The Texas Supreme Court reversed the jury decision in Nicholas v. SAWS. See decision here. The result is not surprising. The Texas Supreme Court frequently reverses jury verdicts in favor of victims of discrimination. The court found that Debra Nicholas did not have a reasonable belief that she was opposing discrimination when she warned a SAWS executive about asking two younger staffers to lunch. I previously wrote about this case here and here. The decision omits some facts, such as it was the SAWS General Counsel who first believed Greg Flores’ actions amounted to possible sexual harassment. The General Counsel asked Debra Nicholas to get involved. One of the junior staffers said she would file a sexual harassment complaint if the invitations did not stop. I wrote earlier that SAWS’ argument on appeal would be difficult to win. See my prior post here. Yet, it is that every basis on which the Texas Supreme Court rests its decision. Indeed, SAWS came up with that argument after its earlier appeal to the Fourth Court of Appeals. The Supreme Court, nevertheless, accepted the argument because it involves SAWS’ immunity from suit. Cough, cough. That is a slim reed on which to allow a new argument on appeal. Partis are not supposed to be bring up new arguments on appeal. But, the Supreme Court allowed this new argument. So, now, an element of a case will be part of a governmental entity’s immunity from suit, and most new arguments would be acceptable on the second or third appeal. That is the Supreme Court second error.
The first error is found in the substance of the opinion. The Texas Supreme Court has imposed a new, high burden for retaliation cases. The high court rightly states that sexual harassment must be severe or pervasive to constitute an actionable complaint. And, the court is right that offhand comments or incidents alone will not suffice. But, that reasoning addresses a different issue, whether certain actions rise to the level of sexual harassment. This issue is different. This case asks what constitutes “good faith” belief that a person is opposing discriminatory conduct. There is a gray area, such as here, where a potential victim seeks to stop harassment before it becomes severe or pervasive. Protection from reprisal was intended to protect persons who believe in good faith that some conduct is discriminatory. The Texas Supreme Court seems to have conflated two different issues.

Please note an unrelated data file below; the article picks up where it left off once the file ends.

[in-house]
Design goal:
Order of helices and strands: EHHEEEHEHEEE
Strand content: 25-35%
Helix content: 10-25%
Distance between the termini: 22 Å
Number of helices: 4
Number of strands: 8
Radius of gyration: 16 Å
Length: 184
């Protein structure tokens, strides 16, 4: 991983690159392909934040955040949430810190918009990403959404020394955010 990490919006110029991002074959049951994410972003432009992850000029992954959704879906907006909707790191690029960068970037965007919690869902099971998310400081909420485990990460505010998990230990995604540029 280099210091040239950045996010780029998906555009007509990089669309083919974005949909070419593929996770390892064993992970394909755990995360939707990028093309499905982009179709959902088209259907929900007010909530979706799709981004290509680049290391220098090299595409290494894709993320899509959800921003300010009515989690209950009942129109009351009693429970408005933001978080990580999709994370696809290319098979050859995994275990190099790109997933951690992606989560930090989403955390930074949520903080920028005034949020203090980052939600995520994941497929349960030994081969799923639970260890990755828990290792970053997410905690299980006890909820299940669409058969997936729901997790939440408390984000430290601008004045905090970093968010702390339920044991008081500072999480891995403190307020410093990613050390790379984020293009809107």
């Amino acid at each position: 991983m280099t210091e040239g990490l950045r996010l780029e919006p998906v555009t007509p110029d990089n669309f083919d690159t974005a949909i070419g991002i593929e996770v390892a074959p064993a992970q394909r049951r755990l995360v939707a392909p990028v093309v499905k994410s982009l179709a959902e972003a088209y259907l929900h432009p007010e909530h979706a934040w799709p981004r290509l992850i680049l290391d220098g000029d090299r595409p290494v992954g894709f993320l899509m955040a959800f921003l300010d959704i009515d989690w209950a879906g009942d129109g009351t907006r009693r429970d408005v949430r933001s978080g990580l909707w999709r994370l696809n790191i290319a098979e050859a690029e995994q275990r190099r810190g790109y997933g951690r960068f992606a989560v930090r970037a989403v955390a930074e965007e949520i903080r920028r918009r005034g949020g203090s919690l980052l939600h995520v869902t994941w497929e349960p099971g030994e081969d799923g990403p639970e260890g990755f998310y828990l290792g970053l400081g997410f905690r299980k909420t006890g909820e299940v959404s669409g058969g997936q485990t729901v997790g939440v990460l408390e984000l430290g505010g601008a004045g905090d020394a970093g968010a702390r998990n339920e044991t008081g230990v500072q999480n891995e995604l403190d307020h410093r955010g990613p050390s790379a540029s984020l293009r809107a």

The courts have long held that there need not be an actual underlying violation of law by the harasser. See, e.g. Payne v. McLemore’s Wholesale & Retail Stores, 654 F.2d 1130, 1138-39 (5th Cir. 1981) (employee is protected under the participation clause “regardless of the truth or falsity of the contents of the charge”); Pettway v. American Cast Iron Pipe Co., 411 F.2d 998, 1004-05 (5th Cir. 1969) (fact that employee made false and malicious statements before EEOC is irrelevant to protection under participation clause); Wyatt v. City of Boston, 35 F.3d 13, 15 (1st Cir. 1994) (Nothing in wording of participation clause even implies a requirement that the underlying claim be reasonable). There are many more cases all finding that the underlying complaint must be in “good faith,” but not necessarily an actual violation.
The Texas Supreme Court has now added a new requirement for participation in opposition to discrimination: the person must reasonably believe the claim is valid. That will stifle great many complaints. Requiring reasonableness is tantamount to requiring the underlying complaint constitute a valid complaint of discrimination.
As the Fifth Circuit said in 1969, “. . . a single poor, ignorant employee with a grievance, not a sling shot in his hand, faces a huge industrial employer in this modern David and Goliath confrontation . . ” Pettway, id, at 1005. Protection must be afforded to those who seek the benefit of Title VII to equalize, said the Fifth Circuit in 1969. Pettway, id. The Texas Supreme Court is undoing decades of precedent in this decision.